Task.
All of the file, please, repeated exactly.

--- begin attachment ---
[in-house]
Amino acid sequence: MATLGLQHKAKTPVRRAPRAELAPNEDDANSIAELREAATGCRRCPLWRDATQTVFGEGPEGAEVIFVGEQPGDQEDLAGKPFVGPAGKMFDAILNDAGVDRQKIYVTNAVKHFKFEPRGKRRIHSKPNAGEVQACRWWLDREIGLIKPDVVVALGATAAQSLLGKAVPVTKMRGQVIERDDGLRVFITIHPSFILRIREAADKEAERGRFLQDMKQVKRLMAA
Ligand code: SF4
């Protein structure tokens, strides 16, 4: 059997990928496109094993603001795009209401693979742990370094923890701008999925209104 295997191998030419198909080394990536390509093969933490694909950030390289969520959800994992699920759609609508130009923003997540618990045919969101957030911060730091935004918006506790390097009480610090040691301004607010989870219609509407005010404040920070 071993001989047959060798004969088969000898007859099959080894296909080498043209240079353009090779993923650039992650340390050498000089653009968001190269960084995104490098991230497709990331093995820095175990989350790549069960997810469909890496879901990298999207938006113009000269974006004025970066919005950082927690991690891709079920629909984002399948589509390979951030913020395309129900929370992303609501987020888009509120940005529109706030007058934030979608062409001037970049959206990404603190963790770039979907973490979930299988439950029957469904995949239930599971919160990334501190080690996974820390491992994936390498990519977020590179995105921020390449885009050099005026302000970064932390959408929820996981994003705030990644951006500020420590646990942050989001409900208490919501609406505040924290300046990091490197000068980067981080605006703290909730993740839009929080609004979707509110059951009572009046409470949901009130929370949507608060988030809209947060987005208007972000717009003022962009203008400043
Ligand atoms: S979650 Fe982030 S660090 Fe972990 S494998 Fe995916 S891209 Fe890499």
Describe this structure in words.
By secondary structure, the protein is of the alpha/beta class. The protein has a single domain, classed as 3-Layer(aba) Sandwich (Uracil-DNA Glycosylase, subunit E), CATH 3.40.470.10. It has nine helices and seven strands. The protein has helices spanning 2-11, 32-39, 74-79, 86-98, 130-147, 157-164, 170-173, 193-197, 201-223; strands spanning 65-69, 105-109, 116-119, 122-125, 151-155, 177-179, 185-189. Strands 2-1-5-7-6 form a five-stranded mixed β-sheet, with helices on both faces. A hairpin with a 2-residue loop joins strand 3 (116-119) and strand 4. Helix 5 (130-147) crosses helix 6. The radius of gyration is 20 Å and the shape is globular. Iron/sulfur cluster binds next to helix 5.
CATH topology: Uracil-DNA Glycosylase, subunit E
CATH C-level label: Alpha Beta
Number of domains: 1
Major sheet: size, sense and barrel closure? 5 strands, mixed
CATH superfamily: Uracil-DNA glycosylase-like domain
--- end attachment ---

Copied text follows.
[in-house]
Amino acid sequence: MATLGLQHKAKTPVRRAPRAELAPNEDDANSIAELREAATGCRRCPLWRDATQTVFGEGPEGAEVIFVGEQPGDQEDLAGKPFVGPAGKMFDAILNDAGVDRQKIYVTNAVKHFKFEPRGKRRIHSKPNAGEVQACRWWLDREIGLIKPDVVVALGATAAQSLLGKAVPVTKMRGQVIERDDGLRVFITIHPSFILRIREAADKEAERGRFLQDMKQVKRLMAA
Ligand code: SF4
């Protein structure tokens, strides 16, 4: 059997990928496109094993603001795009209401693979742990370094923890701008999925209104 295997191998030419198909080394990536390509093969933490694909950030390289969520959800994992699920759609609508130009923003997540618990045919969101957030911060730091935004918006506790390097009480610090040691301004607010989870219609509407005010404040920070 071993001989047959060798004969088969000898007859099959080894296909080498043209240079353009090779993923650039992650340390050498000089653009968001190269960084995104490098991230497709990331093995820095175990989350790549069960997810469909890496879901990298999207938006113009000269974006004025970066919005950082927690991690891709079920629909984002399948589509390979951030913020395309129900929370992303609501987020888009509120940005529109706030007058934030979608062409001037970049959206990404603190963790770039979907973490979930299988439950029957469904995949239930599971919160990334501190080690996974820390491992994936390498990519977020590179995105921020390449885009050099005026302000970064932390959408929820996981994003705030990644951006500020420590646990942050989001409900208490919501609406505040924290300046990091490197000068980067981080605006703290909730993740839009929080609004979707509110059951009572009046409470949901009130929370949507608060988030809209947060987005208007972000717009003022962009203008400043
Ligand atoms: S979650 Fe982030 S660090 Fe972990 S494998 Fe995916 S891209 Fe890499």
Describe this structure in words.
By secondary structure, the protein is of the alpha/beta class. The protein has a single domain, classed as 3-Layer(aba) Sandwich (Uracil-DNA Glycosylase, subunit E), CATH 3.40.470.10. It has nine helices and seven strands. The protein has helices spanning 2-11, 32-39, 74-79, 86-98, 130-147, 157-164, 170-173, 193-197, 201-223; strands spanning 65-69, 105-109, 116-119, 122-125, 151-155, 177-179, 185-189. Strands 2-1-5-7-6 form a five-stranded mixed β-sheet, with helices on both faces. A hairpin with a 2-residue loop joins strand 3 (116-119) and strand 4. Helix 5 (130-147) crosses helix 6. The radius of gyration is 20 Å and the shape is globular. Iron/sulfur cluster binds next to helix 5.
CATH topology: Uracil-DNA Glycosylase, subunit E
CATH C-level label: Alpha Beta
Number of domains: 1
Major sheet: size, sense and barrel closure? 5 strands, mixed
CATH superfamily: Uracil-DNA glycosylase-like domain